§ Mr. Peyton
I beg to move, in page 2, line 29, at the end to insertunless he proves that the prohibition imposed by the order was not, and would not on reasonable inquiry have become, known to the master".880 Continuing our happy mood of harmony, I move this Amendment in not only the hope but the belief that it will meet the point made by the right hon. and learned Member for Newport (Sir F. Soskice) in Committee.
§ Sir Frank Soskice (Newport)
I thank the Minister for seeking to insert these words, which entirely meet the point I raised.
However, there is one very slight point of drafting at which I should be grateful if the hon. Gentleman would look with his advisers. I suppose it could not be argued that the condition that the accused person should say that the prohibition could not reasonably have been known to him applies only when he is charged on indictment but not when he is charged on summary conviction. In other words, it would be a pity—I am sure that the Minister does not mean it—that he should be able to say by way of a defence when charged on indictment and liable to a year's imprisonment that he did not know of the prohibition and could not reasonably have known it but that he should not be able to say that when charged on summary conviction and liable only to a lesser penalty.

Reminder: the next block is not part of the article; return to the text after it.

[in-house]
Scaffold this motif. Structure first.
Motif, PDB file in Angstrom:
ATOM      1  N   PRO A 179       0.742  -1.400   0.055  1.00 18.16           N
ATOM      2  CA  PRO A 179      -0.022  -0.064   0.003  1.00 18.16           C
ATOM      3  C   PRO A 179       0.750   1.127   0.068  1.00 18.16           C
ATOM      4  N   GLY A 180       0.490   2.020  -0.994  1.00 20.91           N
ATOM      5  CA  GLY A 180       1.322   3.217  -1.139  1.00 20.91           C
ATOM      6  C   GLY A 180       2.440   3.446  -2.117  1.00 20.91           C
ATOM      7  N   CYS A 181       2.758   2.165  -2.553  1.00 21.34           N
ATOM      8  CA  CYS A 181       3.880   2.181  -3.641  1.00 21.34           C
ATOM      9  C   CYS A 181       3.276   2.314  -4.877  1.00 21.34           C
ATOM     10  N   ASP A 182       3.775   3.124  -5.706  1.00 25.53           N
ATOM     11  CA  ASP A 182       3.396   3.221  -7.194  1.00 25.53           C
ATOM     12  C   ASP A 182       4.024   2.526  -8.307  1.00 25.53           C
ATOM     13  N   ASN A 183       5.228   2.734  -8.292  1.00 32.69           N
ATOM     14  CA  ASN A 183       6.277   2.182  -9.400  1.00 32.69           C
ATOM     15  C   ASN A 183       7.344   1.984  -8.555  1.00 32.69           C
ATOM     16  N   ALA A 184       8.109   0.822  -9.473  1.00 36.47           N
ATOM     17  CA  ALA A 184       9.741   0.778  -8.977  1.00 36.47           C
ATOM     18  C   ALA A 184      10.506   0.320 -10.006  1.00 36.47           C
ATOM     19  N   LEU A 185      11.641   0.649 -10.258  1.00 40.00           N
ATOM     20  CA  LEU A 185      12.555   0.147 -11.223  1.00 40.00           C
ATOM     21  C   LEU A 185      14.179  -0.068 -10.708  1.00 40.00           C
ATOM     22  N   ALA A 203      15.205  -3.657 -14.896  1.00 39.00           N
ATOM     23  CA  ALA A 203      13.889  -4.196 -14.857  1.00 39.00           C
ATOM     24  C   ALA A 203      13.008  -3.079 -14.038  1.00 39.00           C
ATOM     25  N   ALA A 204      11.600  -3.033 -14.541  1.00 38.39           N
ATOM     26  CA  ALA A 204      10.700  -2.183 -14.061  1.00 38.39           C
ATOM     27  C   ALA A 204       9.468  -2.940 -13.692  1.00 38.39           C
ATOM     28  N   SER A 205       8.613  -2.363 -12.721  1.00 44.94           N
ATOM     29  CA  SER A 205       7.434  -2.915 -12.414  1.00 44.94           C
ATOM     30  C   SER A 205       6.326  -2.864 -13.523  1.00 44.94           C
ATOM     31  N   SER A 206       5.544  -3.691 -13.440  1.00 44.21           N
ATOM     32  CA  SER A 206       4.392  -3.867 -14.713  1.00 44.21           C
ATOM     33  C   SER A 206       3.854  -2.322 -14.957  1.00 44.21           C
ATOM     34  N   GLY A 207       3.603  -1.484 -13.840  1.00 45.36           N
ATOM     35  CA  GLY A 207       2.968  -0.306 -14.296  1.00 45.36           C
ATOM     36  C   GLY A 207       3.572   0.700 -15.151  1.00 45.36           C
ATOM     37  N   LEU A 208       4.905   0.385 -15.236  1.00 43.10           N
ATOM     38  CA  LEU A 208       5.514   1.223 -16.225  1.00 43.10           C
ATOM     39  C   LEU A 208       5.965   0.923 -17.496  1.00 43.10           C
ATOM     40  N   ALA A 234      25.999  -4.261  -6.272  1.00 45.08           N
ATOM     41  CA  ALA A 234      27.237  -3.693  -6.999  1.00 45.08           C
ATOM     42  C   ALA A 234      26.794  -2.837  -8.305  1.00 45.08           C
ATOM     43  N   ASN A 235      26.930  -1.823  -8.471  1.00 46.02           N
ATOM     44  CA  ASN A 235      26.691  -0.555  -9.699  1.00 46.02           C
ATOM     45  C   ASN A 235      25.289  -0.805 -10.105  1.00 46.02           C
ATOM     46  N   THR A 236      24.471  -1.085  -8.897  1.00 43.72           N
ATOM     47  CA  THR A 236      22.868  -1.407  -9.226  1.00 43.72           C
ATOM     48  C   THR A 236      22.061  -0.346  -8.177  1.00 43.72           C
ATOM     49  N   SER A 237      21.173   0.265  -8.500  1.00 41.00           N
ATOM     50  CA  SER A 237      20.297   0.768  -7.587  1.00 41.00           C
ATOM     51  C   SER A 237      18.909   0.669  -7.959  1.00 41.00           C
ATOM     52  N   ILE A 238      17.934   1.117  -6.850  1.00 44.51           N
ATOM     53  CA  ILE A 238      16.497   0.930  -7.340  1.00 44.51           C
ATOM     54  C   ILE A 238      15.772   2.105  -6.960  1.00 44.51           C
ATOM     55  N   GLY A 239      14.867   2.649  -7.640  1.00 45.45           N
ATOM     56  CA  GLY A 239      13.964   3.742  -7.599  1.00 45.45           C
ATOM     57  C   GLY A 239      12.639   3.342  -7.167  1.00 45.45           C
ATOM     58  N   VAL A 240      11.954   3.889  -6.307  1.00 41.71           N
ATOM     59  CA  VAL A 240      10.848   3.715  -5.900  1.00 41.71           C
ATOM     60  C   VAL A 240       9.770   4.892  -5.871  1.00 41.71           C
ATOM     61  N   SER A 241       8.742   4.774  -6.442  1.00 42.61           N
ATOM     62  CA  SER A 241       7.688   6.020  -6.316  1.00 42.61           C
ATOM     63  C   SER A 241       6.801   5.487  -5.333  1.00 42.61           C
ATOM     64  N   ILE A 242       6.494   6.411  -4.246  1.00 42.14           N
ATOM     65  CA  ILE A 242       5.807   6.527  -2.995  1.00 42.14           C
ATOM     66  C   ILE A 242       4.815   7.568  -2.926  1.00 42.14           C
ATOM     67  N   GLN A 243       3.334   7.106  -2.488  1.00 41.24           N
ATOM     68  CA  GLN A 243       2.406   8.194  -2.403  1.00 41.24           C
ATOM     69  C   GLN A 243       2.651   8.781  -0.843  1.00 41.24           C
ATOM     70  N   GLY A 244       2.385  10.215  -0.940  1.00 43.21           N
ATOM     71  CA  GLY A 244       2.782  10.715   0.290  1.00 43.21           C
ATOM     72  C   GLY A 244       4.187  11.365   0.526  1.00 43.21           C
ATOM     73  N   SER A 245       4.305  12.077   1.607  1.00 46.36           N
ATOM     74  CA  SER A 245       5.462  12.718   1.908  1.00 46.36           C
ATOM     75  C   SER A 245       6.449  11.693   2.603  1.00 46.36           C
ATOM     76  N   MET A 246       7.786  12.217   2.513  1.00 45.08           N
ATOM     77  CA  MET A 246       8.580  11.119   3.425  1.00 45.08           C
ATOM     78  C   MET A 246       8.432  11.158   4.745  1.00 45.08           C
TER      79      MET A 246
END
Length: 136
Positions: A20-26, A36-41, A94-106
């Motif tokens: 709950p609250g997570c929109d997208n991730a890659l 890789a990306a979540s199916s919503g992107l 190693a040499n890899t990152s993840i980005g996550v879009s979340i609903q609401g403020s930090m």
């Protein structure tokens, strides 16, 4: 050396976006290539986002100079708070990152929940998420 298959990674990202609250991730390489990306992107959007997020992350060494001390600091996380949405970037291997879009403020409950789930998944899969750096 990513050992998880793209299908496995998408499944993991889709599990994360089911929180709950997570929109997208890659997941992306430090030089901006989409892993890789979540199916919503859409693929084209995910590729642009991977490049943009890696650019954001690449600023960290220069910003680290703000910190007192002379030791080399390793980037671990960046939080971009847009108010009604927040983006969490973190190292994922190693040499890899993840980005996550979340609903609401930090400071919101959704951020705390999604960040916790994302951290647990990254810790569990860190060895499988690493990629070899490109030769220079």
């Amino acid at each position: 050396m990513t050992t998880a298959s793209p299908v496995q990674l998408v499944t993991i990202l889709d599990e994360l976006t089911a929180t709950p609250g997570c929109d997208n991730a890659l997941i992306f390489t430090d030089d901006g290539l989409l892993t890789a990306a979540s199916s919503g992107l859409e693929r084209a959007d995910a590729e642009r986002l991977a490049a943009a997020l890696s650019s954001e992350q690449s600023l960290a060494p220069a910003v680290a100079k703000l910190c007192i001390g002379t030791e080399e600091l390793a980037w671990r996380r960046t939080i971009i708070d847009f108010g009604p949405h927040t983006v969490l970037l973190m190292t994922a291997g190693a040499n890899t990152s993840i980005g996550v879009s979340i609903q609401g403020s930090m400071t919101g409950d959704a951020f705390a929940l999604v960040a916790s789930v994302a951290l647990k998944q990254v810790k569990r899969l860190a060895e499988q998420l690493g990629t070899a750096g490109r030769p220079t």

I should have thought that as a matter of drafting those words might have meant that, but perhaps they do not.
§ Mr. Peyton
I am obliged to the right hon. and learned Gentleman. I will certainly look into the point.
§ Amendment agreed to.